3: NASCAR’s most famous number runs at Daytona again

Posted Saturday, Feb. 22, 2014  comments  Print Reprints
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Three to watch

Denny Hamlin: Won the exhibition race and a Duel. Healthy after missing time last year with a broken back. Looks locked in.

Matt Kenseth: A two-time 500 winner. Expert restrictor-plate racer. But Toyota has never won a Daytona 500.

Dale Earnhardt Jr.: Has been second in three of the past four Daytona 500s. Has a great feel for drafting, super important at Daytona.

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It is the number to watch.

The 3.

And it won’t be hard to find.

It will be at the front when the field races to the green flag at the Daytona 500 on Sunday, carrying a vision of the driver who remains perhaps the sport’s most popular of all time — Dale Earnhardt.

It will be a poignant moment.

The 3 car has not run in a Sprint Cup race at Daytona since Feb. 18, 2001, when it slammed into the wall with Earnhardt at the wheel and resulted in his death.

But Sunday, the return of the 3 will represent a new beginning, perhaps a new era, for the owner of the number, Richard Childress, and his grandson, the driver, rookie Austin Dillon.

It will be hard to avoid the significance.

“You know, the 3 is special to all of us — the family, the Earnhardt family, to every one of us,” Childress said. “But I think it’s special because Austin, our family, is in the car. You know, the emotions will fly if the 3 rolls in there on Sunday. I won’t hold it back. I promise.”

No one expects him to.

The drivers at Daytona understand what the 3 means to fans of the sport. Earnhardt won six championships in the 3 car for Richard Childress Racing, steadily earning a reputation as “The Intimidator” and then “The Man in Black” after the car took on a black paint scheme in 1988 with Goodwrench and Budweiser on the hood.

Dillon’s car is sponsored by Dow and its white diamond. But the 3 — driven by Childress himself for three years in the 1970s — is as big as ever on the roof and doors.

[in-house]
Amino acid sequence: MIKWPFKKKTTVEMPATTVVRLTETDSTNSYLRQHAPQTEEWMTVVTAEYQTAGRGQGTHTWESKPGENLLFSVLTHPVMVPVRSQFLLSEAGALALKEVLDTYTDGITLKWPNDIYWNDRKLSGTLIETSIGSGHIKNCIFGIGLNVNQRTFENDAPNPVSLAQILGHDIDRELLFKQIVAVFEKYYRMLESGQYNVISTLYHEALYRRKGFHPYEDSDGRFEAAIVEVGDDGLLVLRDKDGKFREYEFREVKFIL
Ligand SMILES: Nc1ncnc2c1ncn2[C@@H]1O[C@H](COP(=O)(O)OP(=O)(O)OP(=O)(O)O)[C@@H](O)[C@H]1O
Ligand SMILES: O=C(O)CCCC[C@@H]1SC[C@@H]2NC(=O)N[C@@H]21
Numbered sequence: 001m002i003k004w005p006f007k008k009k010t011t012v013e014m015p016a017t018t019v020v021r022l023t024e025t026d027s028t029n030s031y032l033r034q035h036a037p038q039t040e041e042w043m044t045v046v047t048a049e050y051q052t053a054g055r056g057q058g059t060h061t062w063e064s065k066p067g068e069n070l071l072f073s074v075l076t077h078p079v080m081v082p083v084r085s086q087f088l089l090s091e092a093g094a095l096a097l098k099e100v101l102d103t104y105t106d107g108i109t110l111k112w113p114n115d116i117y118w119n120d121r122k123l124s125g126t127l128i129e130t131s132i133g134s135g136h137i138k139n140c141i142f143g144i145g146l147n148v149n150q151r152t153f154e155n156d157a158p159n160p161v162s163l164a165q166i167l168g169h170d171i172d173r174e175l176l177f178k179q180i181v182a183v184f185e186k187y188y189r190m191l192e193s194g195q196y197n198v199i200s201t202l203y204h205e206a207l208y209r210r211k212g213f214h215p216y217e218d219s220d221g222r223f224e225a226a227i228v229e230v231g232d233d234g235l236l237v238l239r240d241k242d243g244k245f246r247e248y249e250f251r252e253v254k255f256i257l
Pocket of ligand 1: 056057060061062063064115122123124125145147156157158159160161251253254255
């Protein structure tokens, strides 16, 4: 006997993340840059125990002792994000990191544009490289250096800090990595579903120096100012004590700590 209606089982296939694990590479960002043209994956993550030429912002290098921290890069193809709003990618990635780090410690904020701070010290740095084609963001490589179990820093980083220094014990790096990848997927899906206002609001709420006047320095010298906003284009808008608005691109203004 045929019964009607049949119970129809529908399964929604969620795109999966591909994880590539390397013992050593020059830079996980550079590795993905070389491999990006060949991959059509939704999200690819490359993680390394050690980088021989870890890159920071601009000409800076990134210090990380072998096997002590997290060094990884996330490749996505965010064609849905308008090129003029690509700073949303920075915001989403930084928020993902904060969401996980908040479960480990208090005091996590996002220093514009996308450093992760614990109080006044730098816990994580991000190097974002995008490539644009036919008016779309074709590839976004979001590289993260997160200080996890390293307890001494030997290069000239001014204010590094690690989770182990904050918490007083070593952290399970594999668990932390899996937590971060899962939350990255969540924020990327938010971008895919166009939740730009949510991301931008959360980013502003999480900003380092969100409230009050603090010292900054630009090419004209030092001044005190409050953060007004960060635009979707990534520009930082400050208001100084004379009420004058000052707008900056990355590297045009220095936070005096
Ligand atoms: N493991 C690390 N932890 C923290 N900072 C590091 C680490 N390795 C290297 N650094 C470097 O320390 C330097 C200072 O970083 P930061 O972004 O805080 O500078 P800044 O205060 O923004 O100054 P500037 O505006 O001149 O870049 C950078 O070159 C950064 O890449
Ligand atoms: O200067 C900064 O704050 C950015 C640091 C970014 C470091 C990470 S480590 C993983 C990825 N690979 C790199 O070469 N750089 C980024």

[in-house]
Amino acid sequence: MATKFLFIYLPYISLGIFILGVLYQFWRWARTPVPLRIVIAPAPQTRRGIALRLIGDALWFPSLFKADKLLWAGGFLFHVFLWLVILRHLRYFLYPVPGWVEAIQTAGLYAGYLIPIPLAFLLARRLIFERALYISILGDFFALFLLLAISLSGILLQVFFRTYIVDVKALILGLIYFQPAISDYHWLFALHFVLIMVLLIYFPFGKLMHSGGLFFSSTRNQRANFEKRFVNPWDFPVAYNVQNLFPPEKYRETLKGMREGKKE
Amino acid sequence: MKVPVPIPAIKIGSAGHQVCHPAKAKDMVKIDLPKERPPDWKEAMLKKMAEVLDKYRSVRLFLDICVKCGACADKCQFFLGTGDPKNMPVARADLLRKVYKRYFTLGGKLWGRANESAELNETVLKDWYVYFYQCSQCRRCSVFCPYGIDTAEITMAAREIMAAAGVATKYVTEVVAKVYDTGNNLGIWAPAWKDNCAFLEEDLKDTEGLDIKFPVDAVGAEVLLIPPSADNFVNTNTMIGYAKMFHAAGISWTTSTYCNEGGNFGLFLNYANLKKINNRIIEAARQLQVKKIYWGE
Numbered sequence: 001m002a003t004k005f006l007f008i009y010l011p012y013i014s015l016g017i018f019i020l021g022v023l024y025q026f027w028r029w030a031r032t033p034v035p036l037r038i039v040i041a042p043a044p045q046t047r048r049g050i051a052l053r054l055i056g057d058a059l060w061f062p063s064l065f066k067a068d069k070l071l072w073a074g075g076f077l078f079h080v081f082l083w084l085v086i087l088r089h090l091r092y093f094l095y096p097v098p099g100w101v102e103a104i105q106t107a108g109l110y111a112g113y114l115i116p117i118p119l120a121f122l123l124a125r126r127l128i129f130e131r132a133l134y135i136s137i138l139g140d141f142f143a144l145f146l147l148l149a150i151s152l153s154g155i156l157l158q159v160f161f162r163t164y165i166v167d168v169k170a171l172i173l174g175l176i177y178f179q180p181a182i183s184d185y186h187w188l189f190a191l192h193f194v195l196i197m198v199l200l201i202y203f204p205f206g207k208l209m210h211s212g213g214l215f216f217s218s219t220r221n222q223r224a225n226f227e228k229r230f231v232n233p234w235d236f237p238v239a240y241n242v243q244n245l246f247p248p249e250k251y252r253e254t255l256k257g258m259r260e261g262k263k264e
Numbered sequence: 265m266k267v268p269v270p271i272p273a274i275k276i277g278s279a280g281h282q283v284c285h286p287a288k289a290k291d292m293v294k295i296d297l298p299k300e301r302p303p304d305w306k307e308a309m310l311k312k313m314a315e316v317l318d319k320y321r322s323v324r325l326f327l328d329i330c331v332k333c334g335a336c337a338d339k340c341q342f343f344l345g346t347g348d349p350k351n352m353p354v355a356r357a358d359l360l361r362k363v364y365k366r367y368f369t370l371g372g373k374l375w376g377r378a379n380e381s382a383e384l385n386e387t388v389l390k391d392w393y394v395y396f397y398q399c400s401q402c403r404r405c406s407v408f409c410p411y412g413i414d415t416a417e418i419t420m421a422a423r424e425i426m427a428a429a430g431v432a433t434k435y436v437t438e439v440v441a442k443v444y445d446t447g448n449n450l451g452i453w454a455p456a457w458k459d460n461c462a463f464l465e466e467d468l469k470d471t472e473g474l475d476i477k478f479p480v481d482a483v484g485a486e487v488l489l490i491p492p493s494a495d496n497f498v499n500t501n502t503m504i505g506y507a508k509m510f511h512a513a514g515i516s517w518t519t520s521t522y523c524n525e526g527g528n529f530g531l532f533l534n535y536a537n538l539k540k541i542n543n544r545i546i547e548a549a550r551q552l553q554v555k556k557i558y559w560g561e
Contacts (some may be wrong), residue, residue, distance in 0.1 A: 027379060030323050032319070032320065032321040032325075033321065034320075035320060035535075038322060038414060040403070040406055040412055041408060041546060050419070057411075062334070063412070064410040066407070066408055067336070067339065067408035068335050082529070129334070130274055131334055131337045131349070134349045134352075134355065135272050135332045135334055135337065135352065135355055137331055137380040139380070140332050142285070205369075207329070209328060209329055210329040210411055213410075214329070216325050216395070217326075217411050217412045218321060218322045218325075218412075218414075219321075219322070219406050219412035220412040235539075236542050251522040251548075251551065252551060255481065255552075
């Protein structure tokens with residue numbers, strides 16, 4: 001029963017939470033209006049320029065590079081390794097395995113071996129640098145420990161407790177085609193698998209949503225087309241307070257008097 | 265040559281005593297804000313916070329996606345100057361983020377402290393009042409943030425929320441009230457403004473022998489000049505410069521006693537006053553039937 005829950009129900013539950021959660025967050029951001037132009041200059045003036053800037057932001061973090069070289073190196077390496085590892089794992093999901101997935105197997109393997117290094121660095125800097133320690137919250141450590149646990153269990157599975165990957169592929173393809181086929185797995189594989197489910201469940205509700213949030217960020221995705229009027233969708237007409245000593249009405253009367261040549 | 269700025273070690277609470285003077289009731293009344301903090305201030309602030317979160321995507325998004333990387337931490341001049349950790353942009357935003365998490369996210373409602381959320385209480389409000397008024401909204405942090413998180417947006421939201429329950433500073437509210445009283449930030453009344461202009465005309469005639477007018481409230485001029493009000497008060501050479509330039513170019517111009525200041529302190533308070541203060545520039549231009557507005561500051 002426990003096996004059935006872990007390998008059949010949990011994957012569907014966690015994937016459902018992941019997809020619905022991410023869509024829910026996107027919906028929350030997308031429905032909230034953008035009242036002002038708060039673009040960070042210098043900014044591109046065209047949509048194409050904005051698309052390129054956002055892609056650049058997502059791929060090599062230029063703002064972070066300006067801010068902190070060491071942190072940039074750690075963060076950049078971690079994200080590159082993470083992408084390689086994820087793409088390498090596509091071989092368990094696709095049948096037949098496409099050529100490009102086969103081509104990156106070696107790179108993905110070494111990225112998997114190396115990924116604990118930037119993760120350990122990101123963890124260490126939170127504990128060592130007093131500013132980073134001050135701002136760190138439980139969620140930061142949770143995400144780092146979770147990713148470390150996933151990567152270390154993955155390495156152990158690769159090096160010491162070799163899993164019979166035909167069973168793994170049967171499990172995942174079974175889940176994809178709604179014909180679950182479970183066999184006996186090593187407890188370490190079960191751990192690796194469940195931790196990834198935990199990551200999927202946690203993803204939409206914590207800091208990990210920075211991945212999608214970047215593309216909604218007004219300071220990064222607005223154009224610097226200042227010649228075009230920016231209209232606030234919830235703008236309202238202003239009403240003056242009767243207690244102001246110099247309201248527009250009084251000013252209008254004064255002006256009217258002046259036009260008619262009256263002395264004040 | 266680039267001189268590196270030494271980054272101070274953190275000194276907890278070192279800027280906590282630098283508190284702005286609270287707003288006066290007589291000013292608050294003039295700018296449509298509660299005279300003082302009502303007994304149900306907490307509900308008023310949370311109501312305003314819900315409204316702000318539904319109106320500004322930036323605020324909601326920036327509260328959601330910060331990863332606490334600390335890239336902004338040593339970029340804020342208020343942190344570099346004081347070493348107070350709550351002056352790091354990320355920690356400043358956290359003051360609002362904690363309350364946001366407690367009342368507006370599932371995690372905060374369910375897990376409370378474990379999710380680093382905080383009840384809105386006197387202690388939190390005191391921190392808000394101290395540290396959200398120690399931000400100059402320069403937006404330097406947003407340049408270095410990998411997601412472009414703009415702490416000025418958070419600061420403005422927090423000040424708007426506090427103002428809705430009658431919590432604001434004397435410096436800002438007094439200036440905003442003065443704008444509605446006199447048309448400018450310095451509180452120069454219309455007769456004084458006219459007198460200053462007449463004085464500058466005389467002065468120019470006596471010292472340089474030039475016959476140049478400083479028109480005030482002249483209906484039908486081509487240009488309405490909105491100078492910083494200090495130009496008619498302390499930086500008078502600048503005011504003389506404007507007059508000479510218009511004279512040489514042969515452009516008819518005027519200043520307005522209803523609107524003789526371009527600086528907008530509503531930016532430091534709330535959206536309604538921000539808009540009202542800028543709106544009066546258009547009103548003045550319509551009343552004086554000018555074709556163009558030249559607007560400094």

It’s unmistakable.

“I’m old enough to remember when Richard Childress drove the car, and it has the same number, the same look, everything about it,” said ESPN analyst Andy Petree, the crew chief for Earnhardt’s championships in 1993 and ’94. “It wasn’t the same color, but that was his No. 3. I think he’s been very respectful over the last 13, 14 years not using the number, basically having it in retirement for a while. And he was not going to bring it back just to bring it back.”

If the 3 is back because Childress thinks it can win, he might be right. Dillon, 23, proved deserving by winning championships in the Truck and Nationwide series (running the number in both) before his grandfather gave him the full-time ride in it for Sprint Cup this year.

And last weekend, with the stock-car world watching, Dillon put the 3 and its Earnhardt-Childress Racing engine atop the speed chart.

“You’ve got to have those blinders on because that’s what it’s going to take,” Dillon said. “You want to perform with the No. 3, and everybody wants to see it perform.”

But Dillon has a long way to go to make the number truly his. He could win the biggest race of the year on Sunday, and the 3 will still remain associated with Earnhardt.

“I think you always see the No. 3 car as Dale Earnhardt,” driver Joey Logano said. “I don’t think Austin is trying to take that away from him. I think it’s cool to see it out there, but I think no matter what, it’s always going to be Dale’s number.”

To the people who knew Earnhardt best, it’s a good feeling to see the 3 back.

“It feels perfectly right, perfectly fine to me to have the No. 3 on the racetrack,” said Michael Waltrip, who won that 2001 Daytona 500. “Austin Dillon is the perfect young man to drive the 3 car. He’s very respectful of the sport, he’s very knowledgeable of the history, he knows the significance of the number and the situation. I’m happy it’s back because I love Dale, and any time I see something that reminds me of him, it makes me smile.

“Just knowing that number is right where it needs to be, in the right hands, with the right people and at the right time, is special to me.”

Carlos Mendez, 817-390-7760 Twitter: @calexmendez

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